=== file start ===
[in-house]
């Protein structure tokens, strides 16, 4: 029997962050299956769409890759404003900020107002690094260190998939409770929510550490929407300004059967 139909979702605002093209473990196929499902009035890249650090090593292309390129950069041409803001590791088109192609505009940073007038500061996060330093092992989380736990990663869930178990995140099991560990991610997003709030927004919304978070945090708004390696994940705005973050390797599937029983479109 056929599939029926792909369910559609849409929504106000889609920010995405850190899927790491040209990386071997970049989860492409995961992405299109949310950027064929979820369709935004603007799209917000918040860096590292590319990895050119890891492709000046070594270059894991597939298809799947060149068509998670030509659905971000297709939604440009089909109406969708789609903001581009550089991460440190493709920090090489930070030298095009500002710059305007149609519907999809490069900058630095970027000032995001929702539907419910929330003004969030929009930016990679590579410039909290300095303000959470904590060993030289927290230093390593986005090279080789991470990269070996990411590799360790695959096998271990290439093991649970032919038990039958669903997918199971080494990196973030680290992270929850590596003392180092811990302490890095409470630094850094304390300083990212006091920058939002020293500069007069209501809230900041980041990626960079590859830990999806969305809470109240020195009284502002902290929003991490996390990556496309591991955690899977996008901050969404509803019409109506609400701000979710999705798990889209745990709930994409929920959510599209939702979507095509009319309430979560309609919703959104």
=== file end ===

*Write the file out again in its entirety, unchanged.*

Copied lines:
[in-house]
């Protein structure tokens, strides 16, 4: 029997962050299956769409890759404003900020107002690094260190998939409770929510550490929407300004059967 139909979702605002093209473990196929499902009035890249650090090593292309390129950069041409803001590791088109192609505009940073007038500061996060330093092992989380736990990663869930178990995140099991560990991610997003709030927004919304978070945090708004390696994940705005973050390797599937029983479109 056929599939029926792909369910559609849409929504106000889609920010995405850190899927790491040209990386071997970049989860492409995961992405299109949310950027064929979820369709935004603007799209917000918040860096590292590319990895050119890891492709000046070594270059894991597939298809799947060149068509998670030509659905971000297709939604440009089909109406969708789609903001581009550089991460440190493709920090090489930070030298095009500002710059305007149609519907999809490069900058630095970027000032995001929702539907419910929330003004969030929009930016990679590579410039909290300095303000959470904590060993030289927290230093390593986005090279080789991470990269070996990411590799360790695959096998271990290439093991649970032919038990039958669903997918199971080494990196973030680290992270929850590596003392180092811990302490890095409470630094850094304390300083990212006091920058939002020293500069007069209501809230900041980041990626960079590859830990999806969305809470109240020195009284502002902290929003991490996390990556496309591991955690899977996008901050969404509803019409109506609400701000979710999705798990889209745990709930994409929920959510599209939702979507095509009319309430979560309609919703959104």